On a particular road near my house their have been some collisions with deer. Wissahickon Avenue runs between Carpenter’s Woods and the rest of the Wissahickon. Many animals, including deer, have to cross this road. The road is very busy, and the cars move very fast. Occasional collisions with wildlife are almost inevitable. Maybe if people knew about the risk of hitting deer, they would be more careful, thus reducing the number of collisions.
So, for my agent of change part I was able to get a deer crossing sign posted on Wissahickon Avenue, so that drivers will know to watch out for deer. The sign isn’t actually posted yet, it will take a while before the Streets Department manages to get it put up, but I do have verification that the sign will be posted.
It may seem like getting a sign posted is a pretty easy task. But trust me it’s not. Putting the sign up myself would be illegal, so I had to request it from the Streets Department. The problem is that making a request is not enough. In order for the sign to be posted I needed to get other people to request the sign. I put up signs around West Mount Airy and on the bulletin boards in the park telling people to go the Philadelphia Streets Department website, and request that a deer crossing sign be posted on Wissahickon Avenue.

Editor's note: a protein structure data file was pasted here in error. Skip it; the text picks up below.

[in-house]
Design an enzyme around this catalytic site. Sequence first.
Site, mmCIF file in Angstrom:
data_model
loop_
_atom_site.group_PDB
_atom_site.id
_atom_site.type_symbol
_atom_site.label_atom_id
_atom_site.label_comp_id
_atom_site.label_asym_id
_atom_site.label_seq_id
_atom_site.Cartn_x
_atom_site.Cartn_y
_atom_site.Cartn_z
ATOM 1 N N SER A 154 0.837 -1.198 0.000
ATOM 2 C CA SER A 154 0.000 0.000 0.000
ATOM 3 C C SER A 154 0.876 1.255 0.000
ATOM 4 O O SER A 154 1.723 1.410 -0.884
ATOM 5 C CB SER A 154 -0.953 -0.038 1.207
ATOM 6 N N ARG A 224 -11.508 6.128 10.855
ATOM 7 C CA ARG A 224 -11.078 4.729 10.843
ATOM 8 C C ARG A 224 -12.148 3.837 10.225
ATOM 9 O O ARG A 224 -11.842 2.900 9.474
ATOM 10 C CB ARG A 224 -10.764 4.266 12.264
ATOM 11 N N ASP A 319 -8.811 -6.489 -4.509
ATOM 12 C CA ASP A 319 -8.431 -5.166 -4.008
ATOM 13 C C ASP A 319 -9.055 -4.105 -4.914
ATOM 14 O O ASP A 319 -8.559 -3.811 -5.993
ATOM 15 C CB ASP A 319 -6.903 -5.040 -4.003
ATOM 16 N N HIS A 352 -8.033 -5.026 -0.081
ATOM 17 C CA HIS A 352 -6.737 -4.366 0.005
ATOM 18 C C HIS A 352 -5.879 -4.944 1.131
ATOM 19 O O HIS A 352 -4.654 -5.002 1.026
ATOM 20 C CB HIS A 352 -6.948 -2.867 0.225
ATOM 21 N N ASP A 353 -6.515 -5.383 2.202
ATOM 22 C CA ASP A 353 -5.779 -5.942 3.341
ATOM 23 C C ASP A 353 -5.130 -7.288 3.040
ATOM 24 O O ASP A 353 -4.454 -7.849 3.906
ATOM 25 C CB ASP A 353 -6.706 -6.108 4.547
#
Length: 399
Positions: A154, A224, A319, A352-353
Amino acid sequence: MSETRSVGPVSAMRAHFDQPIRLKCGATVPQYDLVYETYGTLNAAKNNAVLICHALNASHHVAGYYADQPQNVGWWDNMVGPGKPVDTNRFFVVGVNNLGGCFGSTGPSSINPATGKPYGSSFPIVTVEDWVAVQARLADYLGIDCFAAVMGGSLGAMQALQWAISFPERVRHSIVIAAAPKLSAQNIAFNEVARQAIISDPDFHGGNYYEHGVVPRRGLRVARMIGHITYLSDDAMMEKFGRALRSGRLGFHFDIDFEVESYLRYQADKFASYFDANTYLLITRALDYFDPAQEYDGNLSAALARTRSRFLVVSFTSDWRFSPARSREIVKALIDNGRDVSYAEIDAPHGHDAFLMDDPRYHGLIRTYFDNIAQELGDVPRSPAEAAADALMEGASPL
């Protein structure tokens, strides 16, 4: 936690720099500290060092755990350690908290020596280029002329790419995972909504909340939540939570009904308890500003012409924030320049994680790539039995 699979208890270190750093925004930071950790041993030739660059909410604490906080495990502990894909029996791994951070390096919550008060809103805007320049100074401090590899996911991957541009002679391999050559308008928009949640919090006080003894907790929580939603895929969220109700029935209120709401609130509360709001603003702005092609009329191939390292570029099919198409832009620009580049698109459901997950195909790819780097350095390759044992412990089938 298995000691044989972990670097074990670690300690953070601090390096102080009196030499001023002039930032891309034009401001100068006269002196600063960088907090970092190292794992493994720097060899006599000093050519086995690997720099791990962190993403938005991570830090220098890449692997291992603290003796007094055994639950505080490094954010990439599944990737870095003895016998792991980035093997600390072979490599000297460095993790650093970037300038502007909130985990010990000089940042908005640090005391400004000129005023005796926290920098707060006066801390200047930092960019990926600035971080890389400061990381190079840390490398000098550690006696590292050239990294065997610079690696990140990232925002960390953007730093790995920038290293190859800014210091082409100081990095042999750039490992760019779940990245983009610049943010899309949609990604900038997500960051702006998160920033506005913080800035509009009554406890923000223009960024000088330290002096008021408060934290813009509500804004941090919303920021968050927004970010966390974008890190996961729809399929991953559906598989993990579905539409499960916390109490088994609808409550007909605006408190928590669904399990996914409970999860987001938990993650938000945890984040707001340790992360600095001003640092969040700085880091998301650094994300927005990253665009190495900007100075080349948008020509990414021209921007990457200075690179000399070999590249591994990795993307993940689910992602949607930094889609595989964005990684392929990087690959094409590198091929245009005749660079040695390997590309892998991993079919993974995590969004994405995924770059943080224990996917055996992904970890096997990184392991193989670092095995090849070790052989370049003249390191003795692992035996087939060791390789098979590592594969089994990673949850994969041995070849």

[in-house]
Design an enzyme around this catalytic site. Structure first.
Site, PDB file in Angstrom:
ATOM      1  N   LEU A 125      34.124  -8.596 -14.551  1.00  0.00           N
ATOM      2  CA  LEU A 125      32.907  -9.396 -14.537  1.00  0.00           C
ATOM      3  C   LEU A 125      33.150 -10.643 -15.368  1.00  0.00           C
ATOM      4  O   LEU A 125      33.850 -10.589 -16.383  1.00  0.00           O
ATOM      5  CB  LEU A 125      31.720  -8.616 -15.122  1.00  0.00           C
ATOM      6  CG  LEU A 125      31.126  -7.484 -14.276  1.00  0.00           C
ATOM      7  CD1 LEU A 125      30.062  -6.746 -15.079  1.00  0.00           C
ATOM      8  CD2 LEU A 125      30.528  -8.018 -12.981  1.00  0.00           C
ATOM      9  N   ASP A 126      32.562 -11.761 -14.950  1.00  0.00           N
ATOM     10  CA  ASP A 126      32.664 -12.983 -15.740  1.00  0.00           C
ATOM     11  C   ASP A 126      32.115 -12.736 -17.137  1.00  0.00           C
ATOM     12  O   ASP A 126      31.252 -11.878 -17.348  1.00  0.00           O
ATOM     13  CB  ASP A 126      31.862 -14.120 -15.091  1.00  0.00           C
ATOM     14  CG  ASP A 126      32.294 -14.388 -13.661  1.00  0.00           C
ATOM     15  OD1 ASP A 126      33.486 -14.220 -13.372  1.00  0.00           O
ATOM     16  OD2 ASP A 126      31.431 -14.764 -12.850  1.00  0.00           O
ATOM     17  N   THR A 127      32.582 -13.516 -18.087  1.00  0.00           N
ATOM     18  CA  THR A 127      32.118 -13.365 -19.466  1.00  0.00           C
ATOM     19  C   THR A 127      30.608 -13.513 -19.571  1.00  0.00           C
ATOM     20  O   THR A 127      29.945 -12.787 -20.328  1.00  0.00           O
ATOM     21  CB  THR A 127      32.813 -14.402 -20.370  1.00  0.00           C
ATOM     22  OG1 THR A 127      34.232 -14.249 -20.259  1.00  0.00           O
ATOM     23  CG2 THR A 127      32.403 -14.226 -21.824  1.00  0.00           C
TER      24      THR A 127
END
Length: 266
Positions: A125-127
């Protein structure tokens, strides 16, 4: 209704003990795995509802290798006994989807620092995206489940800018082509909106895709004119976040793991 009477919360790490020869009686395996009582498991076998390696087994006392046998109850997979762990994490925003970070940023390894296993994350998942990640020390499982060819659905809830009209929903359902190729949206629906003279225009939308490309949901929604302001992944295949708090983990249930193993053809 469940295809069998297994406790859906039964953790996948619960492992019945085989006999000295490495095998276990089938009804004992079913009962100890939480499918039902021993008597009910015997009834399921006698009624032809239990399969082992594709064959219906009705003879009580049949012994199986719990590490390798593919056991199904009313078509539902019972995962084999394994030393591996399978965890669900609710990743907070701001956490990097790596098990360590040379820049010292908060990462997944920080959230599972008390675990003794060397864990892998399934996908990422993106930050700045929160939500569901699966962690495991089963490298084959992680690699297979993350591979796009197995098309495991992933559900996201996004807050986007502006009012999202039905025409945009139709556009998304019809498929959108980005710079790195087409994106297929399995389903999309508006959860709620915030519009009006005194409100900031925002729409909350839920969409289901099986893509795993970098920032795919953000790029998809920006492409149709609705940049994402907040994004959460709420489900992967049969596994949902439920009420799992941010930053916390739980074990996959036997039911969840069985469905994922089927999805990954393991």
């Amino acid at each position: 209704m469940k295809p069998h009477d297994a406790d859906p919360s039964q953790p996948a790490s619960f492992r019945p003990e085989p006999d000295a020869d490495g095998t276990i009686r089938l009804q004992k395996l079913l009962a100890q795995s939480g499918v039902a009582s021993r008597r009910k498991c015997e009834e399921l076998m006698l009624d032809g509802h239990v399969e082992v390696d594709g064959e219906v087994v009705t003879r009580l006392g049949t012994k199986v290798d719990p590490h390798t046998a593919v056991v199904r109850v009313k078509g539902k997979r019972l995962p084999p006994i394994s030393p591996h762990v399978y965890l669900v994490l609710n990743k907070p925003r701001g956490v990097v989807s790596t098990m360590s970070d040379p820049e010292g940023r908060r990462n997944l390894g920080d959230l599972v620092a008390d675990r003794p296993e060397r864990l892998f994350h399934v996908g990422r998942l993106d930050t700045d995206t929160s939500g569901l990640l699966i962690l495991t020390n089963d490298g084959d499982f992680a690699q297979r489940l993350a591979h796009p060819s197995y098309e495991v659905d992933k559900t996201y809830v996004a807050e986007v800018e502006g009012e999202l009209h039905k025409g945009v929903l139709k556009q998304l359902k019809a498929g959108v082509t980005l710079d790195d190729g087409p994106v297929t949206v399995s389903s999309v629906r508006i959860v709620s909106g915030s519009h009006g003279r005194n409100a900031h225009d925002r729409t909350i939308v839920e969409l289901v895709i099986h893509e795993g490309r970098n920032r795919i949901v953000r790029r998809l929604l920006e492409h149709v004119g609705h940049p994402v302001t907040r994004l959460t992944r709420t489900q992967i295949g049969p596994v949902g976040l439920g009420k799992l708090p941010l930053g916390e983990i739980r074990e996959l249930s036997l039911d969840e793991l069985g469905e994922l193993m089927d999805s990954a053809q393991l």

I also raised awareness of my issue by requesting that people go to the Streets department website, and report deer road-kill incident, on the Friends of Carpenter’s Woods website. People saw my signs and I got some publicity. Someone saw my sign and promoted my cause in the Chestnut Hill local newsletter, and in January, while I was photographing a dead female deer on Emlen Street, Brian Rudnick interviewed me about my project, and wrote about it on his blog. Also Barry A. Bessler, Chief of Staff
Office of the 1st Deputy Commissioner, Parks & Facilities Philadelphia Parks & Recreation requested that the sign be posted to the streets department. He also pointed out to them that there are deer vehicle collisions that occur on Allen's Lane, which is near Wissahickon Avenue.
Chestnut Hill Local Article https://docs.google.com/a/scienceleadership.org/document/d/1WXRglc-zwed5Mwhi9u9brL5amiSEhYeHai-Ek-U5Vjw/edi Rudnick Article: http://closeup.brianrudnick.com/2013/01/studies-roadkill.html
I needed to do a lot of things in order to get this to happen. The first step in getting this done was to request that the sign be posted on Wissahickon Ave. to the Philadelphia Streets Department. I also needed to write to Cindy Bass from City Council.
In order for a deer crossing sign to be posted in an area, the area needs to be declared a deer crossing area. For that to happen, there have to be reported incidents of deer being killed in said area. The problem I ran into was that there weren’t any reported incidents. This was annoying because I have seen four deer killed by cars on Wissahickon Avenue in the past two years.
1. A six-seven month old female fawn struck by a car, found dead ten yards from the road in October of 2011. Her stomach was swollen due to the impact.
2. A full grown, eight point male found dead one hundred yards from the road in November 2011